Mary Shelley Biography

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Frankenstein Author/Context

Mary Wollstonecraft Shelley was born in London in 1797 to radical philosopher, William Godwin, and Mary Wollstonecraft, author of A Vindication of the Rights of Woman. Wollstonecraft died 11 days after giving birth, and young Mary was educated in the intellectual circles of her father's contemporaries. In 1814, at the age of seventeen, Mary met and fell in love with poet, Percy Bysshe Shelley. She ran away with him to France and they were married in 1816 after Shelley's wife committed suicide.

Percy Shelley was a prominent poet of the Romantic Movement along with Samuel Taylor Coleridge, William Wordsworth, and Shelley's friend, Lord Byron. As his wife and companion, Mary Shelley was exposed to the same influences as her husband, and this Romanticism influenced her work. Mary Shelley wrote Frankenstein after Byron introduced a challenge to discern whom among the three writers --- Percy Shelley, Mary Shelley, and Byron himself -- could write the best ghost story.

The tumultuous French Revolution, which began before her birth, but had far-reaching echoes in society and literature, as well as the Industrial Revolution of England in the 18th Century, were influences on Mary Shelley's life and work. The mass production and dehumanization of the Industrial Revolution posed a threat to the Romantic ideals of the importance of the individual, the beauty of nature, and the emotional and free spirit. Frankenstein, or The Modern Prometheus, can be seen as a protest against this scientific revolution.

Scientific progress was a large part of this century of discovery. Darwin, a leading scientific figure with his theories of evolution, was a personal friend of Shelley's husband, so science was not an ignored topic in her life. Advances in medicine and the need for cadavers also figured into the time in which Mary Shelley lived. At this time in London grave robbing was a common occurrence because men dubbed "the resurrection men" would sell the stolen bodies to teaching hospitals so that medical students could dissect and study them. This knowledge makes the idea of Victor Frankenstein scavenging graveyards for parts seem less shocking.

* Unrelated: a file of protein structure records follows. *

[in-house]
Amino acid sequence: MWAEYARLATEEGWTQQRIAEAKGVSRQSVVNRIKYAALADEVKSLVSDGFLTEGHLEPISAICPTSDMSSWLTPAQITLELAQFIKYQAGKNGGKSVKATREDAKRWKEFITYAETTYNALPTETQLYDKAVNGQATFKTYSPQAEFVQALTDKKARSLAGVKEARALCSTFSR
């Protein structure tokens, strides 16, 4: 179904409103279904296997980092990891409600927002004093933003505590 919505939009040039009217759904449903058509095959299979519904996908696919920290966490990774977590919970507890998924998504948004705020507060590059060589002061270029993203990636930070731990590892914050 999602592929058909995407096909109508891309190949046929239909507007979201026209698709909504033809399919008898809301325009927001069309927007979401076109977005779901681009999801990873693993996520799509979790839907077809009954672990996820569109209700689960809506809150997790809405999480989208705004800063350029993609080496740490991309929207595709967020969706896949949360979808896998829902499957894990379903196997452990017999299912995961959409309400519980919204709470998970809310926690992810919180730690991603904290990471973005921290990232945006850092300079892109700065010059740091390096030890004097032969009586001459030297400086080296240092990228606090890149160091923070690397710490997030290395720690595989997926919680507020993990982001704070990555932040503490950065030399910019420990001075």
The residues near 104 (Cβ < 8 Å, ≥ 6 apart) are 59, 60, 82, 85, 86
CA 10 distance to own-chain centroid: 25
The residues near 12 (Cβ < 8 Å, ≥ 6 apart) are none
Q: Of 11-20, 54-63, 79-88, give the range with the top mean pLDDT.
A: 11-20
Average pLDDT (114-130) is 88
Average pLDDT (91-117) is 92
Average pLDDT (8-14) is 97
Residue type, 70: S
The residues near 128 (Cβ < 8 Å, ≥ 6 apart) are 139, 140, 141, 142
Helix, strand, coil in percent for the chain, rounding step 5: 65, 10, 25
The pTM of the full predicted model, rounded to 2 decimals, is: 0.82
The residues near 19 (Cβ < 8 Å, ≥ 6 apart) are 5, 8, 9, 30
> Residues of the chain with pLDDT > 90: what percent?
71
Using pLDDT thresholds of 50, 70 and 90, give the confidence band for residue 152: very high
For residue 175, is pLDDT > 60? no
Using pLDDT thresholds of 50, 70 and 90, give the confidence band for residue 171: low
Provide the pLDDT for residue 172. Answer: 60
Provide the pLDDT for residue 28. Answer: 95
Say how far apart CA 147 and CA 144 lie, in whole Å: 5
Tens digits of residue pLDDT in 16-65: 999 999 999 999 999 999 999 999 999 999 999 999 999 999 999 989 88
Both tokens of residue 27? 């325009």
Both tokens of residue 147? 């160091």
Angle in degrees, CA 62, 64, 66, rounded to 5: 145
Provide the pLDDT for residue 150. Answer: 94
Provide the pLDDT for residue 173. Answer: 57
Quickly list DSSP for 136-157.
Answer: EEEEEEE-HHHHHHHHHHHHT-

Frankenstein addresses common Romantic themes of isolation and the beauty of nature, but it also deals with loss, which Mary Shelley knew a great deal about. Growing up motherless, Mary also lost her sister to suicide, as well as losing three of her own children to miscarriage and early childhood deaths. In 1822 her husband drowned in the Gulf of Spezzia, and she was left, twenty-five years old, with only one remaining son. She remained unmarried and died in London in 1851.

Although she wrote several other books, including Valperga (1823), The Last Man (1826), Lodore (1835), and Falkner (1837), Frankenstein is her most well known work. "The critics greeted Mary Shelley's novel with a combination of praise and disdain" (Moss and Wilson). The unorthodox studies of Frankenstein were shocking to critics, but "[d]espite the critical attacks, Frankenstein caused a literary sensation in London. The novel fit smoothly into the popular gothic genre" (Moss and Wilson). But more than just a popular culture novel, Frankenstein has lasted over time. "[T]he novel became one of the triumphs of the Romantic movement due to its themes of alienation and isolation and its warning about the destructive power that can result when human creativity is unfettered by moral and social concerns" (Moss and Wilson).


"Shelley, Mary Wollstonecraft." The Bloomsbury Guide to Women's Literature. New York: Prentince Hall General Reference, 1992.

Foglesong, Marilee, ed. Lives and Works: Young Adult Authors. Vol. 7. Danbury, Connecticut: Grolier Educational, 1999.

Moss, Joyce, and George Wilson. Literature and Its Times: Profiles of 300 Notable Literary Works and the Historical Events that Influenced Them. Vol. 1. New York: Gale, 1997.

Shelley, Mary. Frankenstein. New York: Bantam Books, 1981.

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